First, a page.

New and better high-throughput DNA sequencing technologies that allow for faster characterization and identification of novel organisms are currently needed. Viruses, for example, are associated with many diseases and cost millions of dollars annually. Viruses are hard to identify and cultivate in a lab setting. They also evolve rapidly, making large fractions of the genome susceptible to genetic drift and shift. Current technologies for organisms or viruses identification are expensive and lack scalable mass production. In addition, with the movement towards personalized medicine, low-cost technologies that allow us to characterize and identify new organisms are needed. The art described here provides a unique method for the detection and characterization of novel organisms by performing parallel nucleic acid sorting, amplification, and characterization, all performed on an integrated-coplanar microfluidic system.
This invention is designed to sort and identify complex samples using parallel nucleic acid characterization. By isolating single or double stranded nucleic acids derived from complex samples, researchers can sequence previously unknown genetic material to identify novel viruses and organisms. The chip-based microfluidic system achieves this through microdroplet PCR amplification, electrophoresis analysis and, genomic sequencing all performed on an integrated coplanar microfluidic system (see Figure). The present invention provides the opportunity for the scalable mass production for parallel and inexpensive microfluidic analysis chips.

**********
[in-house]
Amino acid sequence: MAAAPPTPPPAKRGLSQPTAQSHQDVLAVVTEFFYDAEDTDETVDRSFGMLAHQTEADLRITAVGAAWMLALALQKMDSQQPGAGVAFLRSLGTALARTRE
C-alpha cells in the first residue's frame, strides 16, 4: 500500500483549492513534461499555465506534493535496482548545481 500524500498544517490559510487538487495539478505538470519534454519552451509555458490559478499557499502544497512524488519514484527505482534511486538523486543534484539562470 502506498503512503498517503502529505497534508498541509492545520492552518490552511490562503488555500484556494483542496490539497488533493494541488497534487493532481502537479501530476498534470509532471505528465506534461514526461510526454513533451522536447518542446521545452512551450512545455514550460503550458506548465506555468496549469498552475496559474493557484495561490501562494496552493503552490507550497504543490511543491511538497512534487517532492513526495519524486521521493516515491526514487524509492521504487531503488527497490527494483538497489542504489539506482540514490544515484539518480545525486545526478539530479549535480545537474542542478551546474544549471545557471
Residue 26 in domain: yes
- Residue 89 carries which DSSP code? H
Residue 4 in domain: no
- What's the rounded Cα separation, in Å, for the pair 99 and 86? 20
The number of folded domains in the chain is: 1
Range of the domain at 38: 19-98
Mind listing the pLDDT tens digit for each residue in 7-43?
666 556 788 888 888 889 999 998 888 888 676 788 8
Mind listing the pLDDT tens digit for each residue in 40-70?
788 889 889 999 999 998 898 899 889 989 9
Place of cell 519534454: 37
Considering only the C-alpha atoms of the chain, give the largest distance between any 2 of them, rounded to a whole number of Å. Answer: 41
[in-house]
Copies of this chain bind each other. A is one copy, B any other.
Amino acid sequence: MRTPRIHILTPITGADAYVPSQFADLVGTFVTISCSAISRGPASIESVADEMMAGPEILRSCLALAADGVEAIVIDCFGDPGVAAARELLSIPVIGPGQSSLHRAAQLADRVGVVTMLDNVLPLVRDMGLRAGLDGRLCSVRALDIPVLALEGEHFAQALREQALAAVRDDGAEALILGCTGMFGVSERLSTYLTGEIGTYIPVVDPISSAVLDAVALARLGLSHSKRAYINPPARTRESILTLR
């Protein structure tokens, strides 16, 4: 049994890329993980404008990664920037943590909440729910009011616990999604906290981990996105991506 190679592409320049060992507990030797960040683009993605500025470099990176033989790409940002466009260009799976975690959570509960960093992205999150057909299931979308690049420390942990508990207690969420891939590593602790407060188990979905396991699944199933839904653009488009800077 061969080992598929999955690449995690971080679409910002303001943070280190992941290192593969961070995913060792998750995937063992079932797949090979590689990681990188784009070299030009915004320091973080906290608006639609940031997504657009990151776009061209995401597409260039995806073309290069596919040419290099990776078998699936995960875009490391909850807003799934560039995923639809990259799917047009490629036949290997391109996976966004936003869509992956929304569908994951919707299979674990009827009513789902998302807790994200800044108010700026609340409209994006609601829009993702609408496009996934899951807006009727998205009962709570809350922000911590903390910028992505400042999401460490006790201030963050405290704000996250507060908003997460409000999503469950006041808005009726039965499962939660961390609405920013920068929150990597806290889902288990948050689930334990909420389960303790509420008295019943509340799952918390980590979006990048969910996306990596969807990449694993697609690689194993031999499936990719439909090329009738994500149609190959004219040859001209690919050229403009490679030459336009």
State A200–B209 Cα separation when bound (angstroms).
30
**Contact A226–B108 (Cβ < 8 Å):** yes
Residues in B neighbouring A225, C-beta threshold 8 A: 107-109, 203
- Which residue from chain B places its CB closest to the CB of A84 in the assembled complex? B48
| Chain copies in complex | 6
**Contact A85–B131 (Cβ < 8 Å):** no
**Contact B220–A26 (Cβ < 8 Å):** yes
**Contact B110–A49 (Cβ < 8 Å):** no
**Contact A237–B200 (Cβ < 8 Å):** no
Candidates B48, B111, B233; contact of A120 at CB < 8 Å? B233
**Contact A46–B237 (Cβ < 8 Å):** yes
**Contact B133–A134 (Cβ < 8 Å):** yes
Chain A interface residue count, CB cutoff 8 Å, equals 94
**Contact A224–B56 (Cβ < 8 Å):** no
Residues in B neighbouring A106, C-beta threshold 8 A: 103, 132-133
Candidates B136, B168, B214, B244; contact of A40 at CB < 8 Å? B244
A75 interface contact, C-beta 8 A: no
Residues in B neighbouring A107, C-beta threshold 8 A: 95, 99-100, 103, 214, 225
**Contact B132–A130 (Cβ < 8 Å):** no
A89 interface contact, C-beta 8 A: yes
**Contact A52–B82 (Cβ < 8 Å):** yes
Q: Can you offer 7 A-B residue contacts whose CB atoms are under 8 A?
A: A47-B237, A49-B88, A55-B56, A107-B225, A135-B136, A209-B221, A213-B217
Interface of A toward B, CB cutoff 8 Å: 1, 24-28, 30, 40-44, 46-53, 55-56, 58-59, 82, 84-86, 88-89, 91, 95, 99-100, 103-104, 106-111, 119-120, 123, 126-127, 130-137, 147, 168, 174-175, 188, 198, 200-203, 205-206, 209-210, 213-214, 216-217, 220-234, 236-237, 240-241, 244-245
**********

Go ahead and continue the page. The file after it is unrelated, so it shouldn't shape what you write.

- Low-cost microfluidic chips
- Scalable mass production
- Biomedical applications
- Tracking, identifying and monitoring outbreaks of infectious diseases including emerging, previously unidentified and genetically engineered pathogens
- Automated amplification and detection of host or microbial DNA/RNA in biological fluids
- High throughput genetic screening for drug discovery
- Biowarfare detection: identifying biothreat agents that contain nucleic acid signatures such as spores, bacteria, viruses, etc.
- Forensic applications
- Food and Beverage Safety: automated food testing for bacterial or viral contamination